Hillary Clinton Speech; Israel-USA Rift

Excerpted from David Horovitz, J.Post:

For all its honey coating, the Secretary of State’s speech was replete with advice and demands…lectured on the untenability of the status quo, as though this was news to Israel….urged Israelis to take risks and seek new avenues to peace, as though Yitzhak Rabin, Ehud Barak, Ariel Sharon and Ehud Olmert had not sought compromise, but then been rebuffed….disingenuously misidentified Hamas, rather than Abbas’s Fatah, as the force behind the honoring of the perpetrator of the Coastal Road massacre.

Hillary, the top American diplomat, asserted that Abbas had placed the Palestinians firmly on a peaceful route. In Netanyahu’s and other’s view, the Palestinians haven’t shown the slightest readiness to progress.

Reactions to the speech:

The Israel-US dispute may have exploded over 1,600 homes in Ramat Shlomo, but is essentially rooted in a stark difference of perception between Jerusalem and Washington as to the Palestinian Authority’s peace-making readiness and intentions.

Before the Obama-Netanyahu meetings on Tuesday night, signs were that both sides were making some efforts to acknowledge and try to find a way to move on from their Jerusalem arguments and their conflicting assessments over Abbas’s viability as a peace partner. And yet Netanyahu headed home Thursday, the near-ostracized victim of what he regards as the Obama administration’s wrongheadedness, and more deeply aware than ever of the extent of the rift and a president angry and frustrated by what he regards as Netanyahu’s stubbornness and misplaced priorities.

In The Washington Post, Jackson Diehl accused Obama of adding “more poison to a US-Israeli relationship that already was at its lowest point in two decades…Netanyahu is being treated as if he were an unsavory Third World dictator, needed for strategic reasons but conspicuously held at arms length.”

The divide seems almost impossible to bridge. For all the current Israeli political hysteria, and for all Netanyahu’s deep dismay over the administration’s treatment of him, he is not about to dump the more hawkish wing of his coalition and try to draw in Kadima in order to meet American demands he both opposes ideologically and regards as counter-productive in practice [I see great benefit in dumping the right wing in favor of centrist Kadima-Gideon]. And with that yawning US-Israel divide comes the exacerbation of Israel’s international pariah status.

The Israeli government blames the U.S. administration’s overreach – its centerpiece demand for a halt to all building for Jews in east Jerusalem – for the failure to start proximity talks, much less resume direct negotiations with Abbas. The Palestinian leader, they say, has no need to come and bargain at the negotiating table when the US is doing his bargaining for him. The administration, in turn, regards Israel’s provocative expansion of Jewish building over the Green Line as the prime obstacle to rapid progress.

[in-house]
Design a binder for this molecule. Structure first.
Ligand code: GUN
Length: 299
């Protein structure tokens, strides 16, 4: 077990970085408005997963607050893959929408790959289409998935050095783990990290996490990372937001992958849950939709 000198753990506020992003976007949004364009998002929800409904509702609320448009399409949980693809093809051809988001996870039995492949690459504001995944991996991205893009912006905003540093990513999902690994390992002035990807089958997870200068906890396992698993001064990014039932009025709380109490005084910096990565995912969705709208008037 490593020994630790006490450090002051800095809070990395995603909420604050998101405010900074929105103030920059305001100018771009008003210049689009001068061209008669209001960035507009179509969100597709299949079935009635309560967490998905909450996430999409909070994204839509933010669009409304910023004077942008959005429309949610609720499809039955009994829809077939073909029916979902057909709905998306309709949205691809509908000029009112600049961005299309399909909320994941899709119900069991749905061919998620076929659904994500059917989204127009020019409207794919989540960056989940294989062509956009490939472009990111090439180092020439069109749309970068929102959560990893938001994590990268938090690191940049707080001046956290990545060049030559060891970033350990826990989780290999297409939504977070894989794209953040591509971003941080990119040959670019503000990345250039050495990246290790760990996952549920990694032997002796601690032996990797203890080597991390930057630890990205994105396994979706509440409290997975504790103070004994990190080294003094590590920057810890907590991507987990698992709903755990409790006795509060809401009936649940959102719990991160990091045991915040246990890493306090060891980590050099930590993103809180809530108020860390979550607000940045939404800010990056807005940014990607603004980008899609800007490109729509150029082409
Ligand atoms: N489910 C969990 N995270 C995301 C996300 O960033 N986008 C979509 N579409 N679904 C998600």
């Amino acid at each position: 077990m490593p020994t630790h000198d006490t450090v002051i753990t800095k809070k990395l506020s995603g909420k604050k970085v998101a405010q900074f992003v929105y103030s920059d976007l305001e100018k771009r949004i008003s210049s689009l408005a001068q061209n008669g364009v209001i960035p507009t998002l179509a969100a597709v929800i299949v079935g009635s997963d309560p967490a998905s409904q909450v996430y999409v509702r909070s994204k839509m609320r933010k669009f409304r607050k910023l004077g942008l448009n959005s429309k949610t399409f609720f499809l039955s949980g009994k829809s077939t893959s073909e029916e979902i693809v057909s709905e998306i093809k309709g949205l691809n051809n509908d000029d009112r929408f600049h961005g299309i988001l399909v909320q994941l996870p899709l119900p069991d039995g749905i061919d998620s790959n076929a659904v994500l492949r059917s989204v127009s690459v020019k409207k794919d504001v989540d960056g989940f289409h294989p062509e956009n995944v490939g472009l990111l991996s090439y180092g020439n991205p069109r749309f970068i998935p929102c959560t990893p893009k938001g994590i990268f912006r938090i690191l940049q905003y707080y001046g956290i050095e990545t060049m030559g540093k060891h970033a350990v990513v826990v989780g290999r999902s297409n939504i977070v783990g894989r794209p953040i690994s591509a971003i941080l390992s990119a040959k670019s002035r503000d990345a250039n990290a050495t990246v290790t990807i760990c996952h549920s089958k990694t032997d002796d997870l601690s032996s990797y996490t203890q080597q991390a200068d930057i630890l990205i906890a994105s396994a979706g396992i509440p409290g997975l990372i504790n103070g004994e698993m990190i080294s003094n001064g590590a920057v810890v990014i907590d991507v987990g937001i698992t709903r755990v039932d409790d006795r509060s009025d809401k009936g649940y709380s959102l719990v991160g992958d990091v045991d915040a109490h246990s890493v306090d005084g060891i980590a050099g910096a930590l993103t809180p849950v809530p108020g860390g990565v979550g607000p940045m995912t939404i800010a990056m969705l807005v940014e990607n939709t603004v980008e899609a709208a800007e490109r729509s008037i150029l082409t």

While the Americans and the Israelis intensified their dialogue of the deaf, 2009 came and went without any direct Israeli-Palestinian talks, the first such barren year in 17 and at the rate we’re all going 2010 will be no more productive. In fact, it looks certain to be a whole lot worse than that.


Back to Clinton’s and Netanyahu’s speeches: The secretary urged Israel to “take risks, even a leap of faith” for peace. The prime minister responded dryly that Israel was “prepared to take risks for peace, but we will not be reckless with the lives of our people and the life of the one and only Jewish state”.

The secretary asserted that Abbas was a potential peace partner. The prime minister wondered by way of derisive retort, “What has the Palestinian Authority done for peace? Well, they have placed preconditions on peace talks, waged a relentless international campaign to undermine Israel’s legitimacy, and promoted the notorious Goldstone Report that falsely accuses Israel of war crimes.”

The secretary had warned that “new construction in east Jerusalem” undermined mutual trust, endangered the proximity talks, exposed daylight between Israel and the United States “that others in the region could hope to exploit” and undermined America’s unique ability to play an essential role in the peace process. Netanyahu slammed back that “The Jewish people were building Jerusalem 3,000 years ago and the Jewish people are building Jerusalem today.”

“Jerusalem is not a settlement. It is our capital… Today, nearly a quarter of a million Jews, almost half the city’s Jewish population, live in neighborhoods that are just beyond the 1949 armistice lines. All these neighborhoods are within a five minute drive from the Knesset. They are an integral and inextricable part of modern Jerusalem. Everyone knows that these neighborhoods will be part of Israel in any peace settlement. Therefore, building them in no way precludes the possibility of a two-state solution.”

Signing his dramatic health care reform bill the next day, Obama declared triumphantly that America is a country “that shapes our own destiny.”

Netanyahu was saying much the same thing. Yet the prime minister’s ripostes paled by comparison to the ferocious defense of Israel mounted earlier that same evening by Republican Sen. Lindsey Graham: “To the Palestinians I say, I share your hopes and dreams. All I ask is that you recognize Israel has a place on the planet… Friends disagree, but disagree quietly – so that those who wish you ill, who do not have your interests at heart, are not empowered… It is better to go to war [Iran?] than to allow the Holocaust to develop a second time. I hope and pray that other options will work…”

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